The misery of the governments welfare assessments

Diary: Revealed – the misery of the government’s welfare assessments

Leaked email depicts system under strain

By Hugh Mui The Guardian Monday 17th June 2013

Tough love: Iain Duncan Smith

Tough love: Iain Duncan Smith. Photograph: Ian Nicholson/Press Association

• A tough job doing Iain Duncan Smith’s bidding as he strives to scalp the welfare bill. Calls for tough love in spades from the health professionals employed by private contractor Atos, the ones who say yea or nay to those who seek state assistance. So if the strain is showing, that’s no surprise. And strain there is, as we see from a leaked email from one of the medical experts employed by Atos to sort the strivers from the skivers. He was exhorted to put in that little bit more effort. His reply is now prized by all those under the cosh. “Our task is becoming ever more complex and ever more futile as we bend over backwards to satisfy the demands of a government that wants and needs cuts to the welfare budget,” he tells the company. He wants to do his job professionally. Atos, he claims, “wants us to do a job they can defend within an unrealistic time frame”. It’s thankless, he tells them. “I have to justify my very existence to people at Atos who neither know me, nor support me, nor care. Meanwhile my workload increases and my remuneration decreases as each year goes by.” It is, he says, “without doubt the most incompetent, inefficient and uncaring organisation with which I have ever been involved”. The company doesn’t comment on leaks, it says, having the “proper processes” to deal with such things. But it is clear the tide of misery affects everyone. Except, perhaps the secretary of state.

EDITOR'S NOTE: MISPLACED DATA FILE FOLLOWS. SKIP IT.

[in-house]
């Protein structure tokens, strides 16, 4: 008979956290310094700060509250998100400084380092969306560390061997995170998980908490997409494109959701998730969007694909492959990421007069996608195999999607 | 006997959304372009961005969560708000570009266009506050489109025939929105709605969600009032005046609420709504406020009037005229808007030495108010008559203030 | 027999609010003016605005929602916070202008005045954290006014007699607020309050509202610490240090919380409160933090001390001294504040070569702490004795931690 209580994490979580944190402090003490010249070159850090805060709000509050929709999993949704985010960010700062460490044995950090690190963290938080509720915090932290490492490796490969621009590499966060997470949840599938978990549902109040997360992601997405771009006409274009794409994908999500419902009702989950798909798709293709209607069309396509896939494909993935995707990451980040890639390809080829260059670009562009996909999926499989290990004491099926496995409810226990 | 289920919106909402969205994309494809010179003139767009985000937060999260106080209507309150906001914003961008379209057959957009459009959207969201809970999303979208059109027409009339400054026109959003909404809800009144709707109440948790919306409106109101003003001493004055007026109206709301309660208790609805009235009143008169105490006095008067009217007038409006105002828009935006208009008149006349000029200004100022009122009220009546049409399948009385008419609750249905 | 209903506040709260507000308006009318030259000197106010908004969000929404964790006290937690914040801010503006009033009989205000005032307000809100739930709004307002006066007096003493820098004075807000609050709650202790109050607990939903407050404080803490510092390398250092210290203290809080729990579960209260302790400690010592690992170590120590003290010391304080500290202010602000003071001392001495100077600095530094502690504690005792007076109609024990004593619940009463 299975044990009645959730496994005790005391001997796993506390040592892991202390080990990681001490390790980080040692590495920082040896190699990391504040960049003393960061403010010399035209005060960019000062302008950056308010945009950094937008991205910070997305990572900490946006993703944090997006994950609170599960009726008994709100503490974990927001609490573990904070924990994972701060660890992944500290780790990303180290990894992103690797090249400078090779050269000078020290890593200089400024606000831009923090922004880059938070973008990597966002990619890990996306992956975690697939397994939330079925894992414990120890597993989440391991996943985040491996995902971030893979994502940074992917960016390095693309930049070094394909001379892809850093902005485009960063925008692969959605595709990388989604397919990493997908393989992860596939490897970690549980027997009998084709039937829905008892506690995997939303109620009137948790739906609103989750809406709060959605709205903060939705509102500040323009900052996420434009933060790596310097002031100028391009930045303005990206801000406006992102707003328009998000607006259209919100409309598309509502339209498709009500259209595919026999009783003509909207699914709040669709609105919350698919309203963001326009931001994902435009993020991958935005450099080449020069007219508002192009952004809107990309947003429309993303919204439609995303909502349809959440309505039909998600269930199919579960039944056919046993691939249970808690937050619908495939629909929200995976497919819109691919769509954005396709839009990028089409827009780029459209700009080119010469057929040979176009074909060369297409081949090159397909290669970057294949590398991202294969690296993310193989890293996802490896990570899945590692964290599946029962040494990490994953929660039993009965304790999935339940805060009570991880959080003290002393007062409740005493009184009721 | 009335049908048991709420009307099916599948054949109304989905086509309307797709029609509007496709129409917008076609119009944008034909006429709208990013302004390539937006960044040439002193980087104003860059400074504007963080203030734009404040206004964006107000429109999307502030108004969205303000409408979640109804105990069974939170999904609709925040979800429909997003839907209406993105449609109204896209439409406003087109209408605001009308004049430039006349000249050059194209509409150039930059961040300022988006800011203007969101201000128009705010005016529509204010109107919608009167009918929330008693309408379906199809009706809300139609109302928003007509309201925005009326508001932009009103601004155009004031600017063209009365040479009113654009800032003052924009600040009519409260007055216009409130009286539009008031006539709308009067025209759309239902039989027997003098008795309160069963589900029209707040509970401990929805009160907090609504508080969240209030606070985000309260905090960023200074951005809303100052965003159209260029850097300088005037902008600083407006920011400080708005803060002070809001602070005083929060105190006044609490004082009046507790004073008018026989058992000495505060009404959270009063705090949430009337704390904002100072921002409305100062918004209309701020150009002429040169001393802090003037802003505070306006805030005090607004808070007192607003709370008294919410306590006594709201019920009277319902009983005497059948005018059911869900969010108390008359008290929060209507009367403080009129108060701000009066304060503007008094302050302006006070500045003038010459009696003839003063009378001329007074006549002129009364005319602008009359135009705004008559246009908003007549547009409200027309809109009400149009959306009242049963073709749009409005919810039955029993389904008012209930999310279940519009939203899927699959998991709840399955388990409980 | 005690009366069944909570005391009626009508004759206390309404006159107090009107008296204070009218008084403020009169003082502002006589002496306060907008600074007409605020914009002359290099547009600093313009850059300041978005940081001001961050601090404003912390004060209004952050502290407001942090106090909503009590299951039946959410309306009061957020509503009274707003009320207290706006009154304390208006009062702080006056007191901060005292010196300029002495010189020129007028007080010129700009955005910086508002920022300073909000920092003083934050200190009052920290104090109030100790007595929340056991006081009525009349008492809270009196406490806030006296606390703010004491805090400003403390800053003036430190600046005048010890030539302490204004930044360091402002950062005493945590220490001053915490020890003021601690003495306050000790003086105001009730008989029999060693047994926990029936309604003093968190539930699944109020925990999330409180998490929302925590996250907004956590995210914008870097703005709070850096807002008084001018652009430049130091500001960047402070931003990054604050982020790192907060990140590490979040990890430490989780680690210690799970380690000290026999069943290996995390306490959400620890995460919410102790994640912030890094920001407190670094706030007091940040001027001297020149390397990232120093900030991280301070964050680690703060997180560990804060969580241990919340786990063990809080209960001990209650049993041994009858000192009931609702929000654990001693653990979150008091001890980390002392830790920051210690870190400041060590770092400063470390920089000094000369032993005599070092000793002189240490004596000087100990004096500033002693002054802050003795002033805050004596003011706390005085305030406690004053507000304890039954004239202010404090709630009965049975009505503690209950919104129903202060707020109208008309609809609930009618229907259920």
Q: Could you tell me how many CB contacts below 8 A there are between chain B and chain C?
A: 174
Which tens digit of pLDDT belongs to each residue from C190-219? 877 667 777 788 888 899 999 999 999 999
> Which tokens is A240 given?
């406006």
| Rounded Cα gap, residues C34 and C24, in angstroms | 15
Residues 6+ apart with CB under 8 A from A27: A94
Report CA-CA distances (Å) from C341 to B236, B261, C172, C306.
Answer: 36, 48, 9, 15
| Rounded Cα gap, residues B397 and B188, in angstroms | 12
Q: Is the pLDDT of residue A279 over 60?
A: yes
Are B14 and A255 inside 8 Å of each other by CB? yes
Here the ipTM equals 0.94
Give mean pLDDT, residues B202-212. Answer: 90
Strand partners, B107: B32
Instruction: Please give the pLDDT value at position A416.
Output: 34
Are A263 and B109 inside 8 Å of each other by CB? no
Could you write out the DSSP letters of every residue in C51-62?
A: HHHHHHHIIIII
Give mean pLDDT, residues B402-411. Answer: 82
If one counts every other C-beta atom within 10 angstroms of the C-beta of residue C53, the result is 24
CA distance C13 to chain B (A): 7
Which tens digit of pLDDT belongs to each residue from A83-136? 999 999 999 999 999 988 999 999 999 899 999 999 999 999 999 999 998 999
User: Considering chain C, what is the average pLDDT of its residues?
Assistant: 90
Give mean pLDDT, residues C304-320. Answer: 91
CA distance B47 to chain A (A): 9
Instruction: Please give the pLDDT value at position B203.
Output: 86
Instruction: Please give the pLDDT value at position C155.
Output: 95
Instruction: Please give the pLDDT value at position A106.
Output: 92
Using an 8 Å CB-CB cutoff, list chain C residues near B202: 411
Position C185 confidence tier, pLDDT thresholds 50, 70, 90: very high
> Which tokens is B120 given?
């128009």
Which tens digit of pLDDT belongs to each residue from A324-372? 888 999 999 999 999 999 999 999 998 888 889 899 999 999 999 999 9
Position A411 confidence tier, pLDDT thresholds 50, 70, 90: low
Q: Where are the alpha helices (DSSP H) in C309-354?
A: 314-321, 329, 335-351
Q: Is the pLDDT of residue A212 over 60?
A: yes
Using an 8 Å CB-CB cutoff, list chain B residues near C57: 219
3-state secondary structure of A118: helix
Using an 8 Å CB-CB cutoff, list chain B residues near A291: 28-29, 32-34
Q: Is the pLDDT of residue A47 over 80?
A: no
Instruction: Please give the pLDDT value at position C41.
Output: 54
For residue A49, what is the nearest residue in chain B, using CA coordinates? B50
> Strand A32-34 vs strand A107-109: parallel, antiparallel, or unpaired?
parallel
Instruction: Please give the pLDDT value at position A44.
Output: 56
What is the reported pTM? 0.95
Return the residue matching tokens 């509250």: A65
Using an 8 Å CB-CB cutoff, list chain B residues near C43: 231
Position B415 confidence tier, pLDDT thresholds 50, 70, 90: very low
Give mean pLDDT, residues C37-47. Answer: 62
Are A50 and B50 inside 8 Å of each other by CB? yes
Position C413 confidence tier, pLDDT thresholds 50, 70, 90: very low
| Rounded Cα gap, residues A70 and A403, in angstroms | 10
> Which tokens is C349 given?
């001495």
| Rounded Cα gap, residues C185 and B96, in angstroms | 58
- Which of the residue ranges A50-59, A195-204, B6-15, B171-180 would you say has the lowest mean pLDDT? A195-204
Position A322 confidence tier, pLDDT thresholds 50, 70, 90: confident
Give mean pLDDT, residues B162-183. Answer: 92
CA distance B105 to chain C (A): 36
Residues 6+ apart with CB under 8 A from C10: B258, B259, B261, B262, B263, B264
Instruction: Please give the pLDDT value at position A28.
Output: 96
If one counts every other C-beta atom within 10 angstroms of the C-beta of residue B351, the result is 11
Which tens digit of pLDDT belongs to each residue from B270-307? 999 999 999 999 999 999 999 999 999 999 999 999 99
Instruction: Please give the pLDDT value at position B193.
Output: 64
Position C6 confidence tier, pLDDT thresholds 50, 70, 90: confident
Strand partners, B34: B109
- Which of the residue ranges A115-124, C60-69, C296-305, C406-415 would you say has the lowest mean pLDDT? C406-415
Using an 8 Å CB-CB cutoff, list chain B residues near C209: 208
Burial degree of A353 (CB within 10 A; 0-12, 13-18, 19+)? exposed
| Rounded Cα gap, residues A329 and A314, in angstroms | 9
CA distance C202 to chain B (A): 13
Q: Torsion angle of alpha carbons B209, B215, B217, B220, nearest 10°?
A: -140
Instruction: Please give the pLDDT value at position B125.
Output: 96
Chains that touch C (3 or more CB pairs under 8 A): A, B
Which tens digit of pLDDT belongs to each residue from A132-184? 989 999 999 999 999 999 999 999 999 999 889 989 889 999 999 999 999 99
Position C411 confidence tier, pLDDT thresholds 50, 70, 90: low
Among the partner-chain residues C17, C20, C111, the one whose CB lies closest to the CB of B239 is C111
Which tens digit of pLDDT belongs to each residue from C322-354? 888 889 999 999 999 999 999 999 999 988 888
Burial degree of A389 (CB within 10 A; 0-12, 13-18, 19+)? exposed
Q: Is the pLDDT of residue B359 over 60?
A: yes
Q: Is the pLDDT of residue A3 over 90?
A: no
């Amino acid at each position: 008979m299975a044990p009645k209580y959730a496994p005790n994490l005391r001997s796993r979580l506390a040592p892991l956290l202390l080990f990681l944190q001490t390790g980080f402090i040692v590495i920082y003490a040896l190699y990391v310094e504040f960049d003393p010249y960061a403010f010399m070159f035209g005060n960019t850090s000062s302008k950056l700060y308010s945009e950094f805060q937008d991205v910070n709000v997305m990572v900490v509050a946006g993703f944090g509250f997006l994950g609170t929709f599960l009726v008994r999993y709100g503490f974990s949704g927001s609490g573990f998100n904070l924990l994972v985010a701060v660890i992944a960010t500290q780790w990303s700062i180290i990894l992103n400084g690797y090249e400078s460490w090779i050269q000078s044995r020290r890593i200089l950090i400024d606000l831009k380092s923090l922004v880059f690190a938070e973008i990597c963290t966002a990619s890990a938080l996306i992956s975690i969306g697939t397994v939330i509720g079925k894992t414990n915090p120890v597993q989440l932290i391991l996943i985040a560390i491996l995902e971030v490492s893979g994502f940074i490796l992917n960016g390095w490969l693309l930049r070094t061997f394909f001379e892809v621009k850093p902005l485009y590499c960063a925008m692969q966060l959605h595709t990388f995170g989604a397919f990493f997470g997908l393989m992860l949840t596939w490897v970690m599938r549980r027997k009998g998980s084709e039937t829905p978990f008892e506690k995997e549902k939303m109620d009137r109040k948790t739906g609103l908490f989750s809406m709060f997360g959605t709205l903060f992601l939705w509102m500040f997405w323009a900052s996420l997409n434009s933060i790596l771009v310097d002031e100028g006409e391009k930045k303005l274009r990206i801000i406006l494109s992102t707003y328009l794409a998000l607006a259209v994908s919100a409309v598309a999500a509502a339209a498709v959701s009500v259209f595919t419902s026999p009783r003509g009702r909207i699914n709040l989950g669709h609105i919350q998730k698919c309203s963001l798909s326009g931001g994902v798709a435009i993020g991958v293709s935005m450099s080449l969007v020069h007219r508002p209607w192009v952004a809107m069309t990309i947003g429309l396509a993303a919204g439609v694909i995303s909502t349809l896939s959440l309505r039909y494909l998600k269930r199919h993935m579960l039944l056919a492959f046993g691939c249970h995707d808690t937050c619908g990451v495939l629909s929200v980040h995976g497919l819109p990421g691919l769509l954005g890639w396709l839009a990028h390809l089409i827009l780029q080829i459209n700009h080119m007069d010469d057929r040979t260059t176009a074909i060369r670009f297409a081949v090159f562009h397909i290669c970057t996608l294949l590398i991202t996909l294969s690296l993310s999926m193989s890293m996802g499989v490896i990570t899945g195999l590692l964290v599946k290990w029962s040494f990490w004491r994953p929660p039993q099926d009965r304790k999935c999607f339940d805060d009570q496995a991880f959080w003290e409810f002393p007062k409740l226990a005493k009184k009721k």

• Things seem little better at the Ministry of Justice, where it appears that officials seek to undermine Chris Grayling’s plan to privatise probation services. They can’t oppose him directly, but there must be something seditious about the decision to call the new payment mechanism Straw Man. And who’d have thought they would get away with calling the payment system FFS? It stands for Fees for Service in Whitehall-speak, apparently. Something much, much ruder to everybody in the outside world.

More in the Guardian 


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